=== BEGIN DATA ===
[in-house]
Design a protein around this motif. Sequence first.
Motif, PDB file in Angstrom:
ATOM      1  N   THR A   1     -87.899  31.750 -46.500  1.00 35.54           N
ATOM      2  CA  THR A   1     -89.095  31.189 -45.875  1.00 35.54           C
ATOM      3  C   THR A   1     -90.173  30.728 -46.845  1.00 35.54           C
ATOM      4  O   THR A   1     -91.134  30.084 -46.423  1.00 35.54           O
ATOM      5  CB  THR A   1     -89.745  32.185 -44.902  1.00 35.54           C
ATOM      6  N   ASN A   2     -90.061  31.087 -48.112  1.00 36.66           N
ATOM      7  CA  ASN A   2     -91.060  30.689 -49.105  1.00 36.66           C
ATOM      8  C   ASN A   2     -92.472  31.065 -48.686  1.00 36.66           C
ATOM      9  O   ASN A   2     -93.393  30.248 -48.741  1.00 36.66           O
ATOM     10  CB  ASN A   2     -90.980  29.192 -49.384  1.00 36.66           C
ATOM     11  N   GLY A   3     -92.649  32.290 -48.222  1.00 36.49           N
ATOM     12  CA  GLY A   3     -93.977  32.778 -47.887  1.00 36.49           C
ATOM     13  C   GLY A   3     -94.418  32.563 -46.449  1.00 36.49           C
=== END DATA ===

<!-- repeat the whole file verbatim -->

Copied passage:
[in-house]
Design a protein around this motif. Sequence first.
Motif, PDB file in Angstrom:
ATOM      1  N   THR A   1     -87.899  31.750 -46.500  1.00 35.54           N
ATOM      2  CA  THR A   1     -89.095  31.189 -45.875  1.00 35.54           C
ATOM      3  C   THR A   1     -90.173  30.728 -46.845  1.00 35.54           C
ATOM      4  O   THR A   1     -91.134  30.084 -46.423  1.00 35.54           O
ATOM      5  CB  THR A   1     -89.745  32.185 -44.902  1.00 35.54           C
ATOM      6  N   ASN A   2     -90.061  31.087 -48.112  1.00 36.66           N
ATOM      7  CA  ASN A   2     -91.060  30.689 -49.105  1.00 36.66           C
ATOM      8  C   ASN A   2     -92.472  31.065 -48.686  1.00 36.66           C
ATOM      9  O   ASN A   2     -93.393  30.248 -48.741  1.00 36.66           O
ATOM     10  CB  ASN A   2     -90.980  29.192 -49.384  1.00 36.66           C
ATOM     11  N   GLY A   3     -92.649  32.290 -48.222  1.00 36.49           N
ATOM     12  CA  GLY A   3     -93.977  32.778 -47.887  1.00 36.49           C
ATOM     13  C   GLY A   3     -94.418  32.563 -46.449  1.00 36.49           C